Welcome to our new series examining what makes successful leaders in the life sciences industry tick — from their personal and professional habits to their hobbies and guilty pleasures. Today, we’re in conversation with Genlantis Diagnostics’ Ahsan Awan.
Trying to define Ahsan Awan by one field of expertise is like trying to grasp smoke. Just when you’ve got a handle on him, he shifts in another direction. Over the course of his multifaceted career, Awan has held senior-level roles at biopharma, CRO, clinical development and digital-tech companies. He’s also a tech whiz, creator of a medical school, sought-after SME and an acclaimed sports photographer.
In his current role as vice president of clinical development and digital health, and lead medical science liaison at Genlantis Diagnostics, which designs, develops, and commercializes diagnostics and point-of-care tests, Awan is always on the lookout for how to better address global diseases through innovative diagnostics.
When we spoke with Awan in 2021 after he was named a PharmaVoice Red Jacket honoree, his advice to peers in the industry was simple: “There are a lot of opportunities out there, and don’t resist any of it — just take it all on. Try your hand at every bit of it. Being in a silo is not a great experience.”
Even with all he’s accomplished, Awan said he’s far from done, when it comes to his next move in the industry, he hinted to PharmaVoice that “something really big is coming.”
We caught up with Awan to find out his goals, habits and who he turns to for advice.
What motivated you to get into the life sciences industry?
I grew up in the industry. I was basically born into clinical research. One day I woke up believing I could build a better mousetrap and do it better.
If you could change one thing about the industry, what would it be?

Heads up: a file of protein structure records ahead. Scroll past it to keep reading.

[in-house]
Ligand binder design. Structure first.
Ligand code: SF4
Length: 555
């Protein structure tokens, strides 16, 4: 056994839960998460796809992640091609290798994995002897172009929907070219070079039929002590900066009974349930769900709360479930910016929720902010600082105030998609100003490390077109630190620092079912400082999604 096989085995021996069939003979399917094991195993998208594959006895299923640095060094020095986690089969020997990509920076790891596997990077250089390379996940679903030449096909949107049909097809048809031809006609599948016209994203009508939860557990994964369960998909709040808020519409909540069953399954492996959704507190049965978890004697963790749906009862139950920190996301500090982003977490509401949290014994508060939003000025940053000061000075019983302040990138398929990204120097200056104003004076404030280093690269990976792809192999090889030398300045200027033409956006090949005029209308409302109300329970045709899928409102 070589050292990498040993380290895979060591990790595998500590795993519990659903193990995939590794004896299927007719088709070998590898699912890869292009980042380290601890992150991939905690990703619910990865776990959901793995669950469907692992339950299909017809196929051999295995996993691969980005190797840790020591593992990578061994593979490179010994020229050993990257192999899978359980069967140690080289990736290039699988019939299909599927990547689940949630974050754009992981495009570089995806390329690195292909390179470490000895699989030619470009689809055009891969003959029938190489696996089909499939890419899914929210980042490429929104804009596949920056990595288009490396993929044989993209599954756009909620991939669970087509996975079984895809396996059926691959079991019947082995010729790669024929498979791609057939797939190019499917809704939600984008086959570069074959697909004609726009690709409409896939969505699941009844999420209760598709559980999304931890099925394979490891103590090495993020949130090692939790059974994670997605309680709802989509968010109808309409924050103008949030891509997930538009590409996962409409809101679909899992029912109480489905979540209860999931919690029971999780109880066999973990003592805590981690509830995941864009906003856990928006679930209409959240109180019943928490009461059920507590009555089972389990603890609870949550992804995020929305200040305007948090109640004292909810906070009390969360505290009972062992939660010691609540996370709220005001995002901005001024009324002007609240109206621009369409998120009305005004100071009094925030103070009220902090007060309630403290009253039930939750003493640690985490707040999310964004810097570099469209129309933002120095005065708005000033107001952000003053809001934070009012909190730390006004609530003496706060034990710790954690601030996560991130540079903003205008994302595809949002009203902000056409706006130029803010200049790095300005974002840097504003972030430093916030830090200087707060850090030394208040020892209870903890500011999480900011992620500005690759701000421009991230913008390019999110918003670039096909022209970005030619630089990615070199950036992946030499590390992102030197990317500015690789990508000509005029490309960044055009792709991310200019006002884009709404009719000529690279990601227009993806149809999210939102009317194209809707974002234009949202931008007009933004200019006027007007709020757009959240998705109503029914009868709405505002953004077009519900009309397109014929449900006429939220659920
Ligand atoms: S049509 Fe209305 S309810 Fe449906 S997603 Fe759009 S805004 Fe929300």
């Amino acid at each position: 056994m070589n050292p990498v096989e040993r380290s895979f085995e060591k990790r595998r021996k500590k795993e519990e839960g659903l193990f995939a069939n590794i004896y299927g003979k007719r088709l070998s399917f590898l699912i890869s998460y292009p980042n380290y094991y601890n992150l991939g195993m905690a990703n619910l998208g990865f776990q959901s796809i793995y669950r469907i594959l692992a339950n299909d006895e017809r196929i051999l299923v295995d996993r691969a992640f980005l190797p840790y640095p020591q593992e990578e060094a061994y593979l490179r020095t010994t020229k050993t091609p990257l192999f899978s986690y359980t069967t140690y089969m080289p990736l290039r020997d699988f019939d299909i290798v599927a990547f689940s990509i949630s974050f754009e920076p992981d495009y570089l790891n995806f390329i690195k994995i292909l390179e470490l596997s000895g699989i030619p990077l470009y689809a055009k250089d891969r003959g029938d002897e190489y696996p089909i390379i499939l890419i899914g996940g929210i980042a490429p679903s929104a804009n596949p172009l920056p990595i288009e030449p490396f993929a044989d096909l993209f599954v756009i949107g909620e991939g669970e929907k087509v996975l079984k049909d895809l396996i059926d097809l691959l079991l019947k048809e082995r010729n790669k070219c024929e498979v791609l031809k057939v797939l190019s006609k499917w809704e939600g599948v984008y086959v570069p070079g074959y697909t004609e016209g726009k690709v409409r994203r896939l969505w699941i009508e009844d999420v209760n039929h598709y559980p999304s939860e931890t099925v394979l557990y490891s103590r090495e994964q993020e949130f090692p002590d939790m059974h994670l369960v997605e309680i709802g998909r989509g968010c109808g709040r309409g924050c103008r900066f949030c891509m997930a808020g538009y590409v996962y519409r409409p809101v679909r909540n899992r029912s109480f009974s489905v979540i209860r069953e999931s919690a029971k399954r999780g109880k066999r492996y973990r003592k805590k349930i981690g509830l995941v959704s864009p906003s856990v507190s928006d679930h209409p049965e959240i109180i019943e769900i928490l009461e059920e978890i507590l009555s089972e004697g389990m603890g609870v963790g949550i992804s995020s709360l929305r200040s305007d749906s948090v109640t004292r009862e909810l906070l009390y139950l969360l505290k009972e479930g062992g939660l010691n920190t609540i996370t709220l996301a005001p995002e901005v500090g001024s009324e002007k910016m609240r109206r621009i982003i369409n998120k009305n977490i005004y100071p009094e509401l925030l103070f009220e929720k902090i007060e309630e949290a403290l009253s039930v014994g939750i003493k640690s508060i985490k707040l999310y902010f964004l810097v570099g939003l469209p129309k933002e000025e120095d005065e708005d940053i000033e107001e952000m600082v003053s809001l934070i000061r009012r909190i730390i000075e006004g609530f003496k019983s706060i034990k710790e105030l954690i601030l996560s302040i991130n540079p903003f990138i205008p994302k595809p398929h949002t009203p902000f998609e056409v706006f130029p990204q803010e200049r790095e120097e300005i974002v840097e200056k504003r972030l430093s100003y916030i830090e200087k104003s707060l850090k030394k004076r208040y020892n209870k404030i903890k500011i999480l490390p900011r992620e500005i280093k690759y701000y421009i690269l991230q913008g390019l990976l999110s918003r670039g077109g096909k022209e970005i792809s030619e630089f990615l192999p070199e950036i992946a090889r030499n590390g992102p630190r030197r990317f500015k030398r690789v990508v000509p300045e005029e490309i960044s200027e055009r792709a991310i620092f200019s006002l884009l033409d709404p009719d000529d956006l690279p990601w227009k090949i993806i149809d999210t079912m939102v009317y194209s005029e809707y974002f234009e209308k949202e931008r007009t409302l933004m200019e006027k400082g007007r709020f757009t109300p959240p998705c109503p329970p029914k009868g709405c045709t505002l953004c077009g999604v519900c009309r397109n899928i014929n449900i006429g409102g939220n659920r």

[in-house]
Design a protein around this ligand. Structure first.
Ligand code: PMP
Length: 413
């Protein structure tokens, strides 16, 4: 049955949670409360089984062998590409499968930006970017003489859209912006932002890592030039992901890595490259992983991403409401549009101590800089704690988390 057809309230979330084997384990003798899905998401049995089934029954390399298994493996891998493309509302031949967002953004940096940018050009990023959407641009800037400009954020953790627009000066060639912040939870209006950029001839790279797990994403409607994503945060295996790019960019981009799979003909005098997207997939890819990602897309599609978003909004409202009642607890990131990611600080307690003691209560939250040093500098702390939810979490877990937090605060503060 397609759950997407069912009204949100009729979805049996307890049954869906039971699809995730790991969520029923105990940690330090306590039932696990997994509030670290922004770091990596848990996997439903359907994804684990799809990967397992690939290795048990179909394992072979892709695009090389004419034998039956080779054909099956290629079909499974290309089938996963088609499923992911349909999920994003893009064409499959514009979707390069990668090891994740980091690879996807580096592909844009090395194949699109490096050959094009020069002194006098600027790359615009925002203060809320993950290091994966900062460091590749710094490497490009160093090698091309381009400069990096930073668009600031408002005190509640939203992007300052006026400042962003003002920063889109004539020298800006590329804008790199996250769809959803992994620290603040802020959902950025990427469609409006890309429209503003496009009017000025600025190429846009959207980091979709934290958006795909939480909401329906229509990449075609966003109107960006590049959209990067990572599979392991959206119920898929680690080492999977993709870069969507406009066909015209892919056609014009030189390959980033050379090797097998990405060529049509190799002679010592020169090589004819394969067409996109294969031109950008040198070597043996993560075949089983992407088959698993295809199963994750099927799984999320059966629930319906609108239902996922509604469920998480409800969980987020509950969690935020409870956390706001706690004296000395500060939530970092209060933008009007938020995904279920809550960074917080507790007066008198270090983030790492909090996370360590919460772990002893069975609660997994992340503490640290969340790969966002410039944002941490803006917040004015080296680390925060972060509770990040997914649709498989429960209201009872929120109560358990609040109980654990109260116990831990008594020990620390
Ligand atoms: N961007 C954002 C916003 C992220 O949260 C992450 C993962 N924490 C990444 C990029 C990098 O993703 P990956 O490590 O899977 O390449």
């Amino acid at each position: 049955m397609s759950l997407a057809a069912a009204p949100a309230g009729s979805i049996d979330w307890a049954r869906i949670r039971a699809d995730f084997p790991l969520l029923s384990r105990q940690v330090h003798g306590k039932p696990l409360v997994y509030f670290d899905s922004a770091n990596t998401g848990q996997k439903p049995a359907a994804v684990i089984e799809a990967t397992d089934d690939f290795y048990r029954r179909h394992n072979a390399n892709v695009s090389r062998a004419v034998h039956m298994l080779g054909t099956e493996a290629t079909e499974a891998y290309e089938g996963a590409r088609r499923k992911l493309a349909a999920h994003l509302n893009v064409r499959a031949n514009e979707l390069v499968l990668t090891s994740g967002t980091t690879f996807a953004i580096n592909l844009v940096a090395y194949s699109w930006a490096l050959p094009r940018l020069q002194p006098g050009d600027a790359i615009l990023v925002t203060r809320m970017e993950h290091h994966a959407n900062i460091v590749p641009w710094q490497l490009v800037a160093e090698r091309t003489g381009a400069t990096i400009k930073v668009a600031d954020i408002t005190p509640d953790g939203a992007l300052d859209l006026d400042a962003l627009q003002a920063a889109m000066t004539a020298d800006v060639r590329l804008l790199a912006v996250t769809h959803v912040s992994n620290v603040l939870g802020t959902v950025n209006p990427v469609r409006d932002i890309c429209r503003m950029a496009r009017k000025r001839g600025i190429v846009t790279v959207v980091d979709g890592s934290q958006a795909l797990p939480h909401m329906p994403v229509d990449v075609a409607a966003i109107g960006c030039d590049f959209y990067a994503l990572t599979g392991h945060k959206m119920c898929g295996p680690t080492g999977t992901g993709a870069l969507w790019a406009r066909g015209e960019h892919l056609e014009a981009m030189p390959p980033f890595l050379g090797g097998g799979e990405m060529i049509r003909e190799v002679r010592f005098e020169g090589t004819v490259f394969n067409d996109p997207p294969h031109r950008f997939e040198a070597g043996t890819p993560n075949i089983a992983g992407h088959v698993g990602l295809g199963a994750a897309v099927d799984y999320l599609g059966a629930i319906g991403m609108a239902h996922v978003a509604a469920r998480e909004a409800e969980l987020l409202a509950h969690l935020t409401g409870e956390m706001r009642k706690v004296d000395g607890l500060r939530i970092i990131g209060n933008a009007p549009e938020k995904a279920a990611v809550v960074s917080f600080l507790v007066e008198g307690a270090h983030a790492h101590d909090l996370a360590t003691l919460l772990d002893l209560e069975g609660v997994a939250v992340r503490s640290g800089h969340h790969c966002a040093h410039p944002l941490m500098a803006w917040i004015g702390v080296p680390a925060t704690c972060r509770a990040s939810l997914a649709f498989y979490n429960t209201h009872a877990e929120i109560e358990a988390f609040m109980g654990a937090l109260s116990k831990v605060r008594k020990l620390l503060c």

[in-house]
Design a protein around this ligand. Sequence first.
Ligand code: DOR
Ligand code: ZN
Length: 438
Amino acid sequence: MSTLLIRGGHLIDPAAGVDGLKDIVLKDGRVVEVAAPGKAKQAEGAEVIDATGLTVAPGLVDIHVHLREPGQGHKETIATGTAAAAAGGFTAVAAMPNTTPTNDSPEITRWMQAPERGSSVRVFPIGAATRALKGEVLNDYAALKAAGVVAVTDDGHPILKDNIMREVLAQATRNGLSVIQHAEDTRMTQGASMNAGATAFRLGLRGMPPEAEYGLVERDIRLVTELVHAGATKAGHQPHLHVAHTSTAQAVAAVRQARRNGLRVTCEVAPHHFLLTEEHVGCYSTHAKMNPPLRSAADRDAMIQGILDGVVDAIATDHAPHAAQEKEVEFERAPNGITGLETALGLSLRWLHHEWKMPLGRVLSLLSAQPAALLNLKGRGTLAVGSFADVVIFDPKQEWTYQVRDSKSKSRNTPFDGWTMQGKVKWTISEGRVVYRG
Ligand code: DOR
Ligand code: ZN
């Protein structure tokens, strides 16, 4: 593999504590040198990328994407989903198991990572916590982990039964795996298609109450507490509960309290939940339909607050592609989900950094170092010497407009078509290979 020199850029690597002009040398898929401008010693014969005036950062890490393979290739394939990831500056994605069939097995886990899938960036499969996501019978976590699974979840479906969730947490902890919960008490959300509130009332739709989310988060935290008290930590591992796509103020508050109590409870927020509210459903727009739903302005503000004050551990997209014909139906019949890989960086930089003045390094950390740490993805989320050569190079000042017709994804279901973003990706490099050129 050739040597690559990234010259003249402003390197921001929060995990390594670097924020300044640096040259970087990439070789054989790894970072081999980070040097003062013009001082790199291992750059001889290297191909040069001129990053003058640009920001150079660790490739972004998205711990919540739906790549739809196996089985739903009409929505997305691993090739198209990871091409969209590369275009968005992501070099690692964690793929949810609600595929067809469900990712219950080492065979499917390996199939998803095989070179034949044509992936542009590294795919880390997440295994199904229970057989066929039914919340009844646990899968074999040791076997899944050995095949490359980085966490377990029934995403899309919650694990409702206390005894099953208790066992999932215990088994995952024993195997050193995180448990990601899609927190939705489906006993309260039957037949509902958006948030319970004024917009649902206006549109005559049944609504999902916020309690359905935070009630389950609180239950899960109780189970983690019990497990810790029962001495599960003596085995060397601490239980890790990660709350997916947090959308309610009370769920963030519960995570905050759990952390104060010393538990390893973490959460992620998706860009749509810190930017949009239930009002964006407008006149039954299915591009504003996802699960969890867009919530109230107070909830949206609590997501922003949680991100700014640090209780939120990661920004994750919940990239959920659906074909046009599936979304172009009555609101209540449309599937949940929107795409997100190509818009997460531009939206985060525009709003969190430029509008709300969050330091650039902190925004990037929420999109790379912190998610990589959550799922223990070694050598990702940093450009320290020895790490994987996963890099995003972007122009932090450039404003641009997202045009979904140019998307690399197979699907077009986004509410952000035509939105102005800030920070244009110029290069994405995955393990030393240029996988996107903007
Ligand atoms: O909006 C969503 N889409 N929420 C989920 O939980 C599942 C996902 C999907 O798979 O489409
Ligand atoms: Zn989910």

I’d reduce reliance on what we know we know, celebrate experimenting with what we know we don’t know, and make time and space to explore what we don’t know.
What’s the biggest leadership mistake you’ve ever made?
I waited until a product was finished before I hired a sales team. That made the people who came on board mercenaries rather than authentic team members who shared the culture and vision of everyone who worked so hard to make the product.
What would people be surprised to know about you?
According to 23andMe, I’m 0.1% Finnish!
You have an unexpected hour of free time all to yourself: What do you do?
Scroll through TikTok and Instagram Reels, and tweet stuff (@quackarazzi).
What’s the most common misconception about executives in life sciences?
They’re boring, old and only wear suits.
What’s your favorite travel destination and why?
New Zealand. The people, the culture, the accents, the land and the energy; there’s no place like it.
What is your most prized possession and why?
My Canon cameras and lenses. Without them, I can't do what I love to do most.
What words do you live by?
What’s your biggest goal for this year?
Raise a series A private equity round for an entirely new venture that isn’t directly related to the life sciences industry.
What’s the most exciting change you’ve seen in the industry in the last decade?
The rapid advancement of mobile eClinical technologies. The shift away from paper has been a 25-year adventure, but the last 10 have been truly amazing.
What’s the biggest change you expect in the industry in the next five years?
The introduction of AI into the clinical research space. It’s really just beginning, but over the next few years, it will become a standard part of most new trials and programs.
Who do you turn to for advice?
My dad, first and foremost, and then any number of wise sages I keep in a close advisory circle.
What’s the biggest win you’ve had in your career?
Ask me in 18-24 months. Something really big is coming. Looking back, I don’t take ownership of what happened. I just feel lucky to have been surrounded by extraordinary people and amazing teams.